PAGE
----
There’s a Pretty Sweet One-Off Jeep Gladiator Sitting at a Dealership in Wisconsin - You Have to See it
For all you Jeep fans out there, this will ring in some nostalgiaby Sidd Dhimaan, on
The Jeep Gladiator is an icon in its own sense. Folks have waited for a Jeep pickup truck for over three decades, and Jeep finally gave us one in the form of the 2020 Gladiator. We love the Jeep Gladiator through and through and have explained its versatility profusely. However, we would have preferred some retro and vintage touches for the old-school purists. Not in the mainstream variants, but perhaps, as an optional body and decal kit at the dealership level. It looks like a dealership based out of Wisconsin heard our wishes and has sent the Gladiator back to the 1970s for a makeover.
Three Cheers For The Jeep Gladiator Honcho!
The dealership, Sleepy Hollow Chrysler Dodge Jeep, Inc., has dressed this truck as a J-10 Honcho. It looks classy and has triggered nostalgia amongst many of us. This belongs to the J-Series, which carried a single generation design for 26 years! That is a perfect definition of timeless design. The dealership has disguised this Gladiator in the same clothes, and it still looks absolutely stunning. The J-Series was known as the Gladiator before the name change in 1971. Two years post this, the monikers of their models, J2000 and J4000 were also changed to J10 and J20 respectively.
Honcho' was a trim package offered on the J10 truck from 1976 to 1983.
What Makes This Particular Gladiator A Special One?
This trim package was a hit amongst customers at the time. It brought about aesthetic andsafety-related changes. On the outside, Jeep offered bold striping and decals on the Honcho package, and it was offered with factory add-ons like the Levi’s denim interior or an anti-roll bar. Jeep made sure this package kept getting updated every year, but the most consistent thing about it, which became a signature Honcho feature, was the wide-track look of the Cherokee Chief.
The dealership is offering this package on a black Gladiator Overland model.
The black crew cab Gladiator features classic "J-10" and "4-wheel-drive" badges on the body, a chrome-painted grille, and retro Jeep lettering on the tailgate. The dealership has also installed white, wagon-style wheels wrapped in 35-inch BFG all-terrain tires, and some mechanical features like a two-inch Mopar lift kit, Fox high performance shocks, and a roll bar equipped with happy face-covered KC Daylighter off-road lights, and a bed-mounted spare tire carrier. The bed is protected by a Line-X spray-on bed liner. On the inside, you can find tan inserts with Honcho logos, but the Levi’s upholstery did not make its way into the future, unfortunately.
The Overland Trim Is The Best Of Both Worlds
Speaking of the 2020 Jeep Gladiator Overland, this is the trim that we recommend, and it’s a good thing that Felton’s dealership has worked on it. It is the most practical trim if you have a mixed usage pattern comprising of tarmac drive as well as off-road adventures. In the stock avatar, the Gladiator Overland comes with the signature Jeep look, like the flared up fenders, round headlights, and the seven-slat grille. It rides on a set of 18-Inch Granite Crystal Aluminum Wheels wrapped in 32-inch tires that not only look stunning, but also drive well on tarmac and unknown terrains alike. The Overland trim also features automatic halogen headlamps and front fog lamps.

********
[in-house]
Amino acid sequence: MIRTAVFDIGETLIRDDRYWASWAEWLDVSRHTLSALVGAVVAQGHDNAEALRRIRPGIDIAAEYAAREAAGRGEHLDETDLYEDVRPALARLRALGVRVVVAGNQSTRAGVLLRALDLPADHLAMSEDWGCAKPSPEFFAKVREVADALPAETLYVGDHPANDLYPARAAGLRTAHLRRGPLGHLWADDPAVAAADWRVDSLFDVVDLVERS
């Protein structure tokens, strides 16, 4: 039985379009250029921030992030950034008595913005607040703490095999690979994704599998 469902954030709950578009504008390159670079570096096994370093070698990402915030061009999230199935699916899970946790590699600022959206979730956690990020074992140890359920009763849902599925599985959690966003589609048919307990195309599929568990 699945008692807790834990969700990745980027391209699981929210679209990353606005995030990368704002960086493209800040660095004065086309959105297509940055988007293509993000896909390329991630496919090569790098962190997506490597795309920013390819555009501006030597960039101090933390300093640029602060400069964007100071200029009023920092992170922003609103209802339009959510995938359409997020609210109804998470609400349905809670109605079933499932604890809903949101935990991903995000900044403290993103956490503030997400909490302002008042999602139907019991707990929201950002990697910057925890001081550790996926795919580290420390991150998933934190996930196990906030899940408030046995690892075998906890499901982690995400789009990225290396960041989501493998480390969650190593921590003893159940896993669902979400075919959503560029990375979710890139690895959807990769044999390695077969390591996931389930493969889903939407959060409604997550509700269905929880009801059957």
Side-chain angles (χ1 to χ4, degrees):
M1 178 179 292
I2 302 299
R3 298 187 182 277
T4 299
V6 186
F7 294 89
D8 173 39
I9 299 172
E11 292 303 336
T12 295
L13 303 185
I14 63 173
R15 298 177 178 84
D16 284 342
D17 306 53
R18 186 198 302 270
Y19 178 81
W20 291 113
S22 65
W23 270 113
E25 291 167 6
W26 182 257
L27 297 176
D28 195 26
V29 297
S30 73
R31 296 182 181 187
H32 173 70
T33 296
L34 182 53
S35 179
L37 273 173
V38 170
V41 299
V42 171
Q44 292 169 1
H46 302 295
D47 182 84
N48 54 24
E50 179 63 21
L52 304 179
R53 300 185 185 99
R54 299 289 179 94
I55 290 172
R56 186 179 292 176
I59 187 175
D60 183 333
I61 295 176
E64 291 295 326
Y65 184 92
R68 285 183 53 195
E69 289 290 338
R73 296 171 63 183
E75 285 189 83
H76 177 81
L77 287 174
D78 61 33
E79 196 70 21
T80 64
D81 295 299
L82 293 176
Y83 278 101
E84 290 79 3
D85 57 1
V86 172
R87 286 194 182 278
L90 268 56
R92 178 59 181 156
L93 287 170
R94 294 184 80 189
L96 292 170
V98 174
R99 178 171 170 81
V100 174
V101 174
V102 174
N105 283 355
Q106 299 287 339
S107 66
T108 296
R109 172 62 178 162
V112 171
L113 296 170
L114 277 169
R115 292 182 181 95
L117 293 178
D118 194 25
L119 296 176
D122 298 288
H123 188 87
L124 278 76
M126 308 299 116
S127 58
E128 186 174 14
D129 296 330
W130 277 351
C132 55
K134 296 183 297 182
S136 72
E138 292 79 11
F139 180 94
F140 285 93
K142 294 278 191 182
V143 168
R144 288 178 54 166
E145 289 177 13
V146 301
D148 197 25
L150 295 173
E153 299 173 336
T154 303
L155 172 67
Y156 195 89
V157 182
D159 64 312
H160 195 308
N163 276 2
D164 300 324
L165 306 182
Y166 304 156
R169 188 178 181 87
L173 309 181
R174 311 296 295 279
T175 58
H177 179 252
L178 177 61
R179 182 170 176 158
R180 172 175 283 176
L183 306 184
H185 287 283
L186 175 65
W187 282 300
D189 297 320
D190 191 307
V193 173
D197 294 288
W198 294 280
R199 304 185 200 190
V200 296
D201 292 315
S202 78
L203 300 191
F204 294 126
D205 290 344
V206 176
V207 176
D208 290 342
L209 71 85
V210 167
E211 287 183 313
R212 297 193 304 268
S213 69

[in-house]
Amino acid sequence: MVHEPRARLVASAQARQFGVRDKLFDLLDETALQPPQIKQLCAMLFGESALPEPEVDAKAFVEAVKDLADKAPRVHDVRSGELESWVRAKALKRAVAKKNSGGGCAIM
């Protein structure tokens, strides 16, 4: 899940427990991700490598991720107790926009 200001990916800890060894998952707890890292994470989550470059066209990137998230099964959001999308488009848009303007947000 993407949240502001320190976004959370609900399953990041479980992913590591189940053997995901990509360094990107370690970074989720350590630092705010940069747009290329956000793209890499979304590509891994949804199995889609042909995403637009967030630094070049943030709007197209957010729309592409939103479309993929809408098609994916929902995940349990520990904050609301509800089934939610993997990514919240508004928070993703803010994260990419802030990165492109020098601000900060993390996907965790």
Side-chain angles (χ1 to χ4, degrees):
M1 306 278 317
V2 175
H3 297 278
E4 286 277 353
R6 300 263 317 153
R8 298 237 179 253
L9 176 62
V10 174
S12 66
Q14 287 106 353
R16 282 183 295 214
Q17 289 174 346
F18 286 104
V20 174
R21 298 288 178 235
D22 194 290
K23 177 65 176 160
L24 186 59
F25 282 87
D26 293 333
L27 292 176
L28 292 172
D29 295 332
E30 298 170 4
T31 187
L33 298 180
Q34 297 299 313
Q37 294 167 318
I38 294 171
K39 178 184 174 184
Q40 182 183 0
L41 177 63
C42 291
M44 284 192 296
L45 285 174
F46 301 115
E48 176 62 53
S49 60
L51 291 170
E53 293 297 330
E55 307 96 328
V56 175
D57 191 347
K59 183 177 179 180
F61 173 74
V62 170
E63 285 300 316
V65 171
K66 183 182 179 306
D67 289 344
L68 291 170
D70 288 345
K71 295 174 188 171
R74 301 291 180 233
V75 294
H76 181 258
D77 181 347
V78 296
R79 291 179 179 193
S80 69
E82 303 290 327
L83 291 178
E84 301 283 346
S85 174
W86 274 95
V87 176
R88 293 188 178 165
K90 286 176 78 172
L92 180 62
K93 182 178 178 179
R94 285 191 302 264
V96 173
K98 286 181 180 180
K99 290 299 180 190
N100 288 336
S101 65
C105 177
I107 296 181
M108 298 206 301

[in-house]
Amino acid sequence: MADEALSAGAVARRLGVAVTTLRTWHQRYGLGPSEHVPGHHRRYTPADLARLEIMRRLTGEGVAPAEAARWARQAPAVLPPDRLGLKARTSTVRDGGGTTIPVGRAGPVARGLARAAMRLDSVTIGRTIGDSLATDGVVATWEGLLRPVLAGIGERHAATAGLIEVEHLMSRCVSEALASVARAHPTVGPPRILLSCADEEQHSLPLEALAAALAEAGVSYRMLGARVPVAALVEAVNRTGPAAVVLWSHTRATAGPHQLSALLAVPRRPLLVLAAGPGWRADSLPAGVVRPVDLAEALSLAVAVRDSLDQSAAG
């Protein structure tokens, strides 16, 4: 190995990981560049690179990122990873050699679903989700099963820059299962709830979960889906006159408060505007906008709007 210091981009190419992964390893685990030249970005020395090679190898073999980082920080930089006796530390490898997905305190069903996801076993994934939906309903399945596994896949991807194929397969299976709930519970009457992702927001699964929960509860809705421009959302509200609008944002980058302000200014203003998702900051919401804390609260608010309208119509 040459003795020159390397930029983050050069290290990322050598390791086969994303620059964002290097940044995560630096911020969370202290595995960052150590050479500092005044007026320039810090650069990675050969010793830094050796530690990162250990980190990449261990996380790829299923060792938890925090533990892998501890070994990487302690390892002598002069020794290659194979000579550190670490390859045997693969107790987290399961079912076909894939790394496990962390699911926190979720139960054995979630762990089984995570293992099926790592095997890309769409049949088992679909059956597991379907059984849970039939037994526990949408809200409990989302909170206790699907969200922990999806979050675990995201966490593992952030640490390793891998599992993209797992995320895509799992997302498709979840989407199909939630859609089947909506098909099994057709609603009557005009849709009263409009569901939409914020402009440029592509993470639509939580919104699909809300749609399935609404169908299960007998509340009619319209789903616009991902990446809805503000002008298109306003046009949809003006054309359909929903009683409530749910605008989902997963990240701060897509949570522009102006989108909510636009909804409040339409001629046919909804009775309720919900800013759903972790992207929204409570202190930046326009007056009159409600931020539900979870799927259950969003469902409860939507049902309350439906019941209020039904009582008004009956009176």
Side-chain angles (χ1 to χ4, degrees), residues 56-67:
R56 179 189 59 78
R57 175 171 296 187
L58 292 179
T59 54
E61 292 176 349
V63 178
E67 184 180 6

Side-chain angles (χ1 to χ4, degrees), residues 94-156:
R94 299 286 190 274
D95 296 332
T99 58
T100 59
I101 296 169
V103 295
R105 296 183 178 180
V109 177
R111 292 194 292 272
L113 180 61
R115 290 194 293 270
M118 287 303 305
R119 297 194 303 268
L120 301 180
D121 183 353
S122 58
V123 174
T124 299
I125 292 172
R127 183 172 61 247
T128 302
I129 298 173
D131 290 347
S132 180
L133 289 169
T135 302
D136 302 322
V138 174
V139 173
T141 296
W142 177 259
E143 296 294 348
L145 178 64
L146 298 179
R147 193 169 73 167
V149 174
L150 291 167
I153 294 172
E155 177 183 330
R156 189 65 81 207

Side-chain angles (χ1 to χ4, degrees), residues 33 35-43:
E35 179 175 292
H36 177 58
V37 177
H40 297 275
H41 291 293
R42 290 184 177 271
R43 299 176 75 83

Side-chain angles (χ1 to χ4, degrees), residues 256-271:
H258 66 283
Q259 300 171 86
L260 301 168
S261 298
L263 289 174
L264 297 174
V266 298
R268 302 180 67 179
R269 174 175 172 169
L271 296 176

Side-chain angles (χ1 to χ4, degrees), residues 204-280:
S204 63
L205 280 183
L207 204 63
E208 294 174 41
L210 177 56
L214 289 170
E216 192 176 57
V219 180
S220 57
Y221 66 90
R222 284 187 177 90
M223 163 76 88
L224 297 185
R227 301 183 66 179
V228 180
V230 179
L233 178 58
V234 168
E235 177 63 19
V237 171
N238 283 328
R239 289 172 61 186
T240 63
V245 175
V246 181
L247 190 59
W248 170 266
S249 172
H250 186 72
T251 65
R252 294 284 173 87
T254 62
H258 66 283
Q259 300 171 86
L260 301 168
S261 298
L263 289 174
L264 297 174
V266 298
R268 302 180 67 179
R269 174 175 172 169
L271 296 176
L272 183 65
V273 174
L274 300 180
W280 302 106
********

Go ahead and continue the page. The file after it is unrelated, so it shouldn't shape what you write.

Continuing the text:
On the inside, you will see a full-fledged, functional cabin, which Felton has smartly not messed around within his customization.
There is a seven-inch UConnect touchscreen system with Android Auto and Apple CarPlay compatibility, leather-trimmed seats, etc. All the lights inside are LEDs, thus making for a bright cabin. As for the engine specs, all Gladiators trims are powered by the same 3.6-liter, V-6 mill that churns out 285 horses and 260 pound-feet of torque. The mill is married to a six-speed manual gearbox as standard, and an eight-speed automatic gearbox is optional. The maximum towing capacity in the Overland drops to 6,000 pounds, and the Payload capacity is rated at 1,140 pounds. Looks like the dealership has picked up the right vehicle to work on.
Isn’t The Price A Little Too Steep?
All these mouth-watering features come at a steep price. The cost of the final package is $69,885.
This means the disguise alone will cost you $28,000 over the stock Gladiator Overland, which is priced at $42,000.
The truck has had a good start, and the dealership is preparing more of examples already. It took seven days to build the Honcho. The owner of the dealership is an entertaining man who goes by the name Lavon "Spanky" Felton. He says he was inspired by the J-10 Honcho that he used to have on his family farm. Felton spoke to Autoblog, and said that he was incredibly thrilled that his small town is getting some attention. He’s planning to take the Honcho to a local event called the Stump Dodger Bash, and then to Jeep Fest in Toledo, Ohio, where the Gladiator was assembled. There’s no word if the warranty will be retained or not. But seeing the looks of the truck, Jeep might be tempted to sell this truck through its own dealership channel, similar to what Ford does with Tuscany and Roush, and Chevy does with Callaway and SVE. Would you buy this particular offering if you were in the market for a Jeep Gladiator? Share your thoughts with us in the comments section below.
|Engine||3.6-LITER PENTASTAR V-6|
|Type and Description||60-degree, V-type, liquid-cooled|
|Displacement||(cu. in. / cc) 220 cu. in. (3,604 cu. cm)|
|Bore x Stroke||3.78 x 3.27 (96 x 83)|
|Valve System||Chain-driven DOHC, 24 valves and hydraulic end-pivot roller rockers|
|Fuel Injection||Sequential, multiport, electronic, returnless|
|Construction||Aluminum deep-skirt block, aluminum alloy heads|
|Power||285 HP @ 6,400 RPM|
|Torque||260 LB-FT @ 4,400 RPM|
Read our full review on the 2020 Jeep Gladiator.